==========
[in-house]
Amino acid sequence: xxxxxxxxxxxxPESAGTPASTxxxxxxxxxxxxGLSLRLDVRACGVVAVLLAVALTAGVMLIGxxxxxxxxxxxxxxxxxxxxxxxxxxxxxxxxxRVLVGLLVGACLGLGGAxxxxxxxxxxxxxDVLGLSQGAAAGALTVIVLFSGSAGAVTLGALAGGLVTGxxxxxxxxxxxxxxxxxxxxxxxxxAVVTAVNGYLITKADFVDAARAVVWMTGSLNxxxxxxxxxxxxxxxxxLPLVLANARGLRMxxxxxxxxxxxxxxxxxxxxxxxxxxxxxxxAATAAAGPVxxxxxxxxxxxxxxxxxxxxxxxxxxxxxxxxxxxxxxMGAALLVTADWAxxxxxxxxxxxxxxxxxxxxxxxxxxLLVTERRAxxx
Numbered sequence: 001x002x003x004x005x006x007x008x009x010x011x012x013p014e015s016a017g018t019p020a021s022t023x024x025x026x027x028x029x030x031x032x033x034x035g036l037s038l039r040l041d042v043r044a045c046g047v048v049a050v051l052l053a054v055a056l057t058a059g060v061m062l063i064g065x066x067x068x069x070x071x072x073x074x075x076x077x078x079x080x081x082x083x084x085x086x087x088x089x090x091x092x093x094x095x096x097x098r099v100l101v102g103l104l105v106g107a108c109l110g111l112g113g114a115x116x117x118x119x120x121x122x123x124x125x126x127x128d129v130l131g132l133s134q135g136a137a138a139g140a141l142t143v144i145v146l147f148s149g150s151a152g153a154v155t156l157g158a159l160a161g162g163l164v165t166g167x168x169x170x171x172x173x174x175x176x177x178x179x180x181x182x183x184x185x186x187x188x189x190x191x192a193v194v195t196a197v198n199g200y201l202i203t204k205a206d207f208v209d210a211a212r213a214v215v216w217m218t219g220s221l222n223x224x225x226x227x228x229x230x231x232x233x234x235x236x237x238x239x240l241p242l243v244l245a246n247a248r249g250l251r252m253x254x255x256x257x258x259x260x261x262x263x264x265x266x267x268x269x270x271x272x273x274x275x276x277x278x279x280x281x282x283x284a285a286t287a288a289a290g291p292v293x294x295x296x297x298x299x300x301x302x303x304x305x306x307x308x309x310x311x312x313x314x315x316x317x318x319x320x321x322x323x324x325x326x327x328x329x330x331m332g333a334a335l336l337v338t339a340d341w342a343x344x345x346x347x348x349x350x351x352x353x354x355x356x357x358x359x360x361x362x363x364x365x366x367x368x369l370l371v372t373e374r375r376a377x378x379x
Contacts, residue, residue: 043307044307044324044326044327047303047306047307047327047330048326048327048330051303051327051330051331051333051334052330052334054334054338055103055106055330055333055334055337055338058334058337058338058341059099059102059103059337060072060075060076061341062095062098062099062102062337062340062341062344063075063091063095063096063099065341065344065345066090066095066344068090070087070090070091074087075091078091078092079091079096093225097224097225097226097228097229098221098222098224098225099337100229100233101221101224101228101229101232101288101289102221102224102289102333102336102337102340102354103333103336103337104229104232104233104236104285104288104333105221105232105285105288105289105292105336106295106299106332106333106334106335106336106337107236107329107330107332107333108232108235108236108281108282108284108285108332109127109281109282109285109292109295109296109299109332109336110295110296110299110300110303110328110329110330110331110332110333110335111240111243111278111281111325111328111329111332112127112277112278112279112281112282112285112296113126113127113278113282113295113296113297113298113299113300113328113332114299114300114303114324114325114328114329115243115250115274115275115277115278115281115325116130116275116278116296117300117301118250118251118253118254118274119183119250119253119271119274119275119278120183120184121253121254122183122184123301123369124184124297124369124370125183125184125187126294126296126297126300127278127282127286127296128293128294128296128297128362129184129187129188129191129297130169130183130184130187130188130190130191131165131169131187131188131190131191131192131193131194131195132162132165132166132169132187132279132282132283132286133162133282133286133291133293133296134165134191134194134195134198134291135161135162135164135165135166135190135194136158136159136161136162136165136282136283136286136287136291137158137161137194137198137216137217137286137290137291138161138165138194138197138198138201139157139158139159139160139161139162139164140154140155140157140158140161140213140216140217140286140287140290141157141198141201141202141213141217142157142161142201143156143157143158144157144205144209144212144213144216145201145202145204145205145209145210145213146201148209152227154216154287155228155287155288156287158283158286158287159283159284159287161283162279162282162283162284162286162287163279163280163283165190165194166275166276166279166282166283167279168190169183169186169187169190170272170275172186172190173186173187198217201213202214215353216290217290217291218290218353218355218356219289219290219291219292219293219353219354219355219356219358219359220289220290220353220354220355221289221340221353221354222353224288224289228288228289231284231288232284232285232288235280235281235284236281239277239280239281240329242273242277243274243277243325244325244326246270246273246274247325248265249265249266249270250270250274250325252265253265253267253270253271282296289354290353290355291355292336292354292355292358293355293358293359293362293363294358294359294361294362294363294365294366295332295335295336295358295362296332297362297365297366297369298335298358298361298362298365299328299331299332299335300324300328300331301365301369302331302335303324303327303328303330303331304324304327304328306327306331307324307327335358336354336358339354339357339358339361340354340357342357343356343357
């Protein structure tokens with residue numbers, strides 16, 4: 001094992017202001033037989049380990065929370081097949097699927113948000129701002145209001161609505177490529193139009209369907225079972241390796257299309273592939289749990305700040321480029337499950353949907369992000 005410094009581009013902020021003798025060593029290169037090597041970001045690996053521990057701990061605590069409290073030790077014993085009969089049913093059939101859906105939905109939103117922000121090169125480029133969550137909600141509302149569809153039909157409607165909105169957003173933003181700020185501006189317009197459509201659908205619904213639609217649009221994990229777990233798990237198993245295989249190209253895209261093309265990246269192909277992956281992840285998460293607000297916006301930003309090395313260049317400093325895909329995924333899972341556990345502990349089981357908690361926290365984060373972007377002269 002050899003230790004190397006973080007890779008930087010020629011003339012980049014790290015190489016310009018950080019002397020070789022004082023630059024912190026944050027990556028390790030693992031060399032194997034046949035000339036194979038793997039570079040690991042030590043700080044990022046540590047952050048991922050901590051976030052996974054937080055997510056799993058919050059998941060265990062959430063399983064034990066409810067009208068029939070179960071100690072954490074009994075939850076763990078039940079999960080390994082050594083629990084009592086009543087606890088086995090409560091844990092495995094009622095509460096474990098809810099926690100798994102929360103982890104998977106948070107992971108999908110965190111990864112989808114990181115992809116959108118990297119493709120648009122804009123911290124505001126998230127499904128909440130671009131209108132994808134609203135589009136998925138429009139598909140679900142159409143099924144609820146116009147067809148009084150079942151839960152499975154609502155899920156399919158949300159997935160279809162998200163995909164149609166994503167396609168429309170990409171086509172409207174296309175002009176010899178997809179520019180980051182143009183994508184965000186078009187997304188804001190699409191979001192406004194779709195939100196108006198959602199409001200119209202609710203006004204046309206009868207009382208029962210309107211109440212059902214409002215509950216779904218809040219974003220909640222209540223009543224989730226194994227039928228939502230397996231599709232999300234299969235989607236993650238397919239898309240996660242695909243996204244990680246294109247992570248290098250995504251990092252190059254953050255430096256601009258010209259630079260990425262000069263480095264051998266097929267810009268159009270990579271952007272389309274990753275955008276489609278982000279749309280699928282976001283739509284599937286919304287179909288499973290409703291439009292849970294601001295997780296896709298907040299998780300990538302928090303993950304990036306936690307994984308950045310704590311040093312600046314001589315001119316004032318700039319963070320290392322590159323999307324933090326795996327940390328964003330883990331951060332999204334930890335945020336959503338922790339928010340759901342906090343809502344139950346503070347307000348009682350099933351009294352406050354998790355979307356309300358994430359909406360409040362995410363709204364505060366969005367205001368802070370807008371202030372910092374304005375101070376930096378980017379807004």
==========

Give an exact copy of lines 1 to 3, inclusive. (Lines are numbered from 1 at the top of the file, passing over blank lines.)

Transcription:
[in-house]
Amino acid sequence: xxxxxxxxxxxxPESAGTPASTxxxxxxxxxxxxGLSLRLDVRACGVVAVLLAVALTAGVMLIGxxxxxxxxxxxxxxxxxxxxxxxxxxxxxxxxxRVLVGLLVGACLGLGGAxxxxxxxxxxxxxDVLGLSQGAAAGALTVIVLFSGSAGAVTLGALAGGLVTGxxxxxxxxxxxxxxxxxxxxxxxxxAVVTAVNGYLITKADFVDAARAVVWMTGSLNxxxxxxxxxxxxxxxxxLPLVLANARGLRMxxxxxxxxxxxxxxxxxxxxxxxxxxxxxxxAATAAAGPVxxxxxxxxxxxxxxxxxxxxxxxxxxxxxxxxxxxxxxMGAALLVTADWAxxxxxxxxxxxxxxxxxxxxxxxxxxLLVTERRAxxx
Numbered sequence: 001x002x003x004x005x006x007x008x009x010x011x012x013p014e015s016a017g018t019p020a021s022t023x024x025x026x027x028x029x030x031x032x033x034x035g036l037s038l039r040l041d042v043r044a045c046g047v048v049a050v051l052l053a054v055a056l057t058a059g060v061m062l063i064g065x066x067x068x069x070x071x072x073x074x075x076x077x078x079x080x081x082x083x084x085x086x087x088x089x090x091x092x093x094x095x096x097x098r099v100l101v102g103l104l105v106g107a108c109l110g111l112g113g114a115x116x117x118x119x120x121x122x123x124x125x126x127x128d129v130l131g132l133s134q135g136a137a138a139g140a141l142t143v144i145v146l147f148s149g150s151a152g153a154v155t156l157g158a159l160a161g162g163l164v165t166g167x168x169x170x171x172x173x174x175x176x177x178x179x180x181x182x183x184x185x186x187x188x189x190x191x192a193v194v195t196a197v198n199g200y201l202i203t204k205a206d207f208v209d210a211a212r213a214v215v216w217m218t219g220s221l222n223x224x225x226x227x228x229x230x231x232x233x234x235x236x237x238x239x240l241p242l243v244l245a246n247a248r249g250l251r252m253x254x255x256x257x258x259x260x261x262x263x264x265x266x267x268x269x270x271x272x273x274x275x276x277x278x279x280x281x282x283x284a285a286t287a288a289a290g291p292v293x294x295x296x297x298x299x300x301x302x303x304x305x306x307x308x309x310x311x312x313x314x315x316x317x318x319x320x321x322x323x324x325x326x327x328x329x330x331m332g333a334a335l336l337v338t339a340d341w342a343x344x345x346x347x348x349x350x351x352x353x354x355x356x357x358x359x360x361x362x363x364x365x366x367x368x369l370l371v372t373e374r375r376a377x378x379x